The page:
In Italy, he stayed for a while at the Villa Medici, where Prix winners normally boarded during their stay, studying the works of famous Italian artists such as Titian, Veronese, Michelangelo, Raphael, and Leonardo da Vinci. Then, wanting to broaden his horizons, he began traveling throughout Italy, visiting Naples, Pompeii, Sienna, and Florence, among other cities. Throughout this time, he was required by the school to send back assignments as proof that his trip was being spent productively. Such works included The Jews led into Captivity, Battle of the Centaurs, and The Triumph of the Martyr.

After his stay in Italy, Bouguereau returned to France, where his professional career began with several commissions for some wealthy relatives living in La Rochelle. Around 1856 he moved to Paris, where he married Marie-Nelly Monchablon. He was then hired to decorate the drawing rooms of the Hôtel Custine. The son of the owner, Anatole Bartholoni, was impressed by the artist's work and invited him to decorate the drawing rooms of his own mansion, where Bouguereau's paintings were first seen by Théophile Gauthier, a famous contemporary writer and poet. Théophile praised Bouguereau in his art column, which helped further spread word of the young artist's talent. The Salon of 1857, a prestigious Parisian art exhibition, awarded Bouguereau the Medal of Honor for his work on the Bartholoni properties. This caught the attention of the French Emperor Napoleon III, who commissioned several paintings from Bouguereau that same year, including portraits of himself and the Empress Eugénie.

This solidified Bouguereau's fame, and for the next several years he enjoyed the patronage of wealthy French aristocrats and businessmen, including a lengthy project to decorate the mansion of a banker which took two years to complete. He later took part in the decoration of the St. Louis Chapel in the Basilica of Saint Clotilde and painted one of his better known canvases, All Souls Day (1859), which was sold to the city of Bourdeaux. Around this time he was made Chevalier of the National Order of the Legion of Honor, and became father to two daughters, Henriette and Jeanne, and a son, Georges.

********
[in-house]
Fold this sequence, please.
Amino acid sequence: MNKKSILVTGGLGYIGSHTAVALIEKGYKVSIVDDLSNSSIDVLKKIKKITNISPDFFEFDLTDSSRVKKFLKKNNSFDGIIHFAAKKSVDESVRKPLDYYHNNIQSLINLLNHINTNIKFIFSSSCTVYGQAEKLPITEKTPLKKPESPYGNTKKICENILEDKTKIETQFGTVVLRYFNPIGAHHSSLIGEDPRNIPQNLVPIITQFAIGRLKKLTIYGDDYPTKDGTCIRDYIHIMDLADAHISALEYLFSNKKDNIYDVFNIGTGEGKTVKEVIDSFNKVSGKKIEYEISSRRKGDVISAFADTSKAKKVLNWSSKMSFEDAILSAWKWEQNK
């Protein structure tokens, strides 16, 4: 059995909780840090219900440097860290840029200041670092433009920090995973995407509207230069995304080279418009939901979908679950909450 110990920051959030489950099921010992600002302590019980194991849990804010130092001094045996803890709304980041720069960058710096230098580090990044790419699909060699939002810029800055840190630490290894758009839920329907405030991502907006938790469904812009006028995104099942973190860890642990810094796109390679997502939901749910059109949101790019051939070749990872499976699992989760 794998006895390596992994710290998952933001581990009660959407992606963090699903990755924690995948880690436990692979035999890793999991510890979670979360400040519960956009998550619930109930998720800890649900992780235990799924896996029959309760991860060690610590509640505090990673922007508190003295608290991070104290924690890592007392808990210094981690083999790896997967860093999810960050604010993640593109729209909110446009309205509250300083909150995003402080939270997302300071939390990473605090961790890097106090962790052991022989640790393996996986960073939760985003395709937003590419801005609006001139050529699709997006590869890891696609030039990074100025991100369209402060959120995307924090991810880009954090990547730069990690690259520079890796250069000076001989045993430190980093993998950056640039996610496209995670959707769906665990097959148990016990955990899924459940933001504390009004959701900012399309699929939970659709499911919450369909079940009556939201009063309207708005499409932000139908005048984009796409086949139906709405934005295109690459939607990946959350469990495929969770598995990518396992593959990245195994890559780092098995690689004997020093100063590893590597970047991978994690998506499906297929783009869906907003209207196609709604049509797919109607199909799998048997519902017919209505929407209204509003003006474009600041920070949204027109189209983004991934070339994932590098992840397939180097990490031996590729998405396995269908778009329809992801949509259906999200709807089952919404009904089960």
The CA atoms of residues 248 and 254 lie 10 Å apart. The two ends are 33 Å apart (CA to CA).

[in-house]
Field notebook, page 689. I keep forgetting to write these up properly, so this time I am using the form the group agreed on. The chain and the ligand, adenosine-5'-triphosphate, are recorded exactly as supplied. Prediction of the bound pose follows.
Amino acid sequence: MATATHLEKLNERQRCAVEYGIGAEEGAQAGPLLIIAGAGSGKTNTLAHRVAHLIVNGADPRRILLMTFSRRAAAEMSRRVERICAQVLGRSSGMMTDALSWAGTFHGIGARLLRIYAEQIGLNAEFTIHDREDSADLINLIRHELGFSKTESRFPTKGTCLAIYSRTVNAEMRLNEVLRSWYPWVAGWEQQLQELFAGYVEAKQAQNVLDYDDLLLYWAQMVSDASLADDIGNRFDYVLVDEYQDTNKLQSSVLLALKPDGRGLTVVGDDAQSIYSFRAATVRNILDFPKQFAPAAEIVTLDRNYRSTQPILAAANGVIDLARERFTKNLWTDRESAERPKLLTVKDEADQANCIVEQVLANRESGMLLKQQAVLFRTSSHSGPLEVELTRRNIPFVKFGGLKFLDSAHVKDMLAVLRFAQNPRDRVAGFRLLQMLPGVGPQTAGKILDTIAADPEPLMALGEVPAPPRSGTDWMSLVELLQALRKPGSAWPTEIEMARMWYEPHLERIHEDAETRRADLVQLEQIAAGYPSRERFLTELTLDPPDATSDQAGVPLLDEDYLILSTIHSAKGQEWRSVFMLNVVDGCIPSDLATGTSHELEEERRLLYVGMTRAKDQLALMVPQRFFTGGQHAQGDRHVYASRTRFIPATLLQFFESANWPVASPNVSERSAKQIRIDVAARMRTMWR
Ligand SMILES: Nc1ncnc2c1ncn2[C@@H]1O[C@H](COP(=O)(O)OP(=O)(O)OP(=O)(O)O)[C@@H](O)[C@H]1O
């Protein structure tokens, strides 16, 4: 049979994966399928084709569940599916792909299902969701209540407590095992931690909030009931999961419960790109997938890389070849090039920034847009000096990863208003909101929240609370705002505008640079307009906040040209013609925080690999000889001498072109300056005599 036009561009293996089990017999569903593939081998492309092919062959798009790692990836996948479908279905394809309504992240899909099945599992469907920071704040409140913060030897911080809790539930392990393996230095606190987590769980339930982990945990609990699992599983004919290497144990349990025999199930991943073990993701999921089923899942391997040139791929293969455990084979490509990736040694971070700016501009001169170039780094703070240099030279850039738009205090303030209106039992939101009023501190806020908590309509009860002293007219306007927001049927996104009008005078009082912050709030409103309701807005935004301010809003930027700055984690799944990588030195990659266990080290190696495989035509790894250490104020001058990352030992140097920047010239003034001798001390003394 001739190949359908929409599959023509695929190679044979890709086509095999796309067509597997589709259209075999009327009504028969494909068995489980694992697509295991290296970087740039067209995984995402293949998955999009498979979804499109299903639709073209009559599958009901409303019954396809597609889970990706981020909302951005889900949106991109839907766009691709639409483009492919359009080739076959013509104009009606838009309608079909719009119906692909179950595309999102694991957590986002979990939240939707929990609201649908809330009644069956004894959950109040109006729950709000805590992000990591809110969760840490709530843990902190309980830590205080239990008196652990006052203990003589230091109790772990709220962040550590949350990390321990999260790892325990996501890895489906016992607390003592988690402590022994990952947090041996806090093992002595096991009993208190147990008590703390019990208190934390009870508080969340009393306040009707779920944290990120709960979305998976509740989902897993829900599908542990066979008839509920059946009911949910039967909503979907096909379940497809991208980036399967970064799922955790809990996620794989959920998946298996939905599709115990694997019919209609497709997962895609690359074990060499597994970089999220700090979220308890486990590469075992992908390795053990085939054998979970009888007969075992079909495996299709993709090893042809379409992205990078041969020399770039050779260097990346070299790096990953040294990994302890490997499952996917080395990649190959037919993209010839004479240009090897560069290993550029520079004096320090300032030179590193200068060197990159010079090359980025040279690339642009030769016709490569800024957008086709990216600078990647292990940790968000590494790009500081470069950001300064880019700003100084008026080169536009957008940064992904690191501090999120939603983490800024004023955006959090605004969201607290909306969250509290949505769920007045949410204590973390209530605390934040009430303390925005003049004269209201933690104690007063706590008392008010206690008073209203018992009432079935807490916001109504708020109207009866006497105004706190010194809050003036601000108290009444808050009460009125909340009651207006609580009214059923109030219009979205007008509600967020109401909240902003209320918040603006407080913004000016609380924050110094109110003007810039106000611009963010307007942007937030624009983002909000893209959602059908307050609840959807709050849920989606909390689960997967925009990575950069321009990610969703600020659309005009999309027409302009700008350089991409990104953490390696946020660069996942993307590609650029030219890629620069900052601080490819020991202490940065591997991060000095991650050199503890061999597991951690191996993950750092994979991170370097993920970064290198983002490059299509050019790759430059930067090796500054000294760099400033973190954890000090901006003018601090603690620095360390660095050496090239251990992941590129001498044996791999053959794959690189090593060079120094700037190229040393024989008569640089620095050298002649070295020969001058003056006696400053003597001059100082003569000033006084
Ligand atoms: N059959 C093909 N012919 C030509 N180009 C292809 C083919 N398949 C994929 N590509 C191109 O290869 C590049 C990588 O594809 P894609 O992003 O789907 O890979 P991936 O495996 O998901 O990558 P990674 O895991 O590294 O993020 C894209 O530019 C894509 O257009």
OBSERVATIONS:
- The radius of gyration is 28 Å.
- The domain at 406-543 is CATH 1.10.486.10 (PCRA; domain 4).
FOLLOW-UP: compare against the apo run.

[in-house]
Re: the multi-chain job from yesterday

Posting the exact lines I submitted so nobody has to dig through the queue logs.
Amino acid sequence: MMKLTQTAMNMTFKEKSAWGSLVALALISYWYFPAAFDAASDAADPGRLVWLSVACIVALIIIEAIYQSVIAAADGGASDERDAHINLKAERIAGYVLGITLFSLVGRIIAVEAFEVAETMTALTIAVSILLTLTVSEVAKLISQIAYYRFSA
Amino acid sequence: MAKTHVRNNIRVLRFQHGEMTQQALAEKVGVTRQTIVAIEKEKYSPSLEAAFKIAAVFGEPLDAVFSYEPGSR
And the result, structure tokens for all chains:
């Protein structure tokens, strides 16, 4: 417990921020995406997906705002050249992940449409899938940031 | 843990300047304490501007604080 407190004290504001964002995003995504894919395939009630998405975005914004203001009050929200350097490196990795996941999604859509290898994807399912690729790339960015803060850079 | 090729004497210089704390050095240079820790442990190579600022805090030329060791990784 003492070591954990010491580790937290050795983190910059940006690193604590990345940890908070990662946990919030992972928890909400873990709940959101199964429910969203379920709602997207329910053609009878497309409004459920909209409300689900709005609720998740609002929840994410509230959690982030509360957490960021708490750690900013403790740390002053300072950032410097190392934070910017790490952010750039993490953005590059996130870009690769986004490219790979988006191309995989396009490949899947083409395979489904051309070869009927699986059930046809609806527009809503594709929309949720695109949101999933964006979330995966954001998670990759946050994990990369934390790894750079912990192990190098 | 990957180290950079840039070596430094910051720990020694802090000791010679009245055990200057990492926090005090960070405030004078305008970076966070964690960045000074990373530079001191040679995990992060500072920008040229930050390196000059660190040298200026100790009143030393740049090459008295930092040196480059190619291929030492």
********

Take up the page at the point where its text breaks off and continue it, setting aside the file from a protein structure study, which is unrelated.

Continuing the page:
Between 1861 and 1863 Bouguereau's productivity lapsed briefly, possibly in part due to a change in technique the artist was trying to master. However, he still managed to execute over a dozen paintings, including Holy Family (1863), which was purchased by Napoleon III as a gift to his wife. In 1865 he was commissioned to decorate the concert hall in the Grand Théâtre de Bordeaux, although he was unable to begin work there until 1869 due to ongoing construction. In 1866, his younger daughter, Jeanne, passed away at the age of five.

In 1868 Bouguereau and his family moved into a new house, designed for them by William's friend and pupil, Jean Louis Pascal, where they had their fourth child, Paul. However, their stay there was interrupted by the outbreak of the Franco-Prussian War in 1870. Luckily, the family was vacationing in Concarneau, Brittany at the time, and William sent them away to La Rochelle while he returned to Paris alone. The war swiftly turned in favor of the Prussians, and within two months of its beginning Napoleon III had been captured and Paris was besieged. Although he was exempt from military service due to his age, Bouguereau chose to volunteer for the National Guard militia to help the city's defenses. Paris fell in January of the following year, but fortunately both Bouguereau and his home were spared any harm.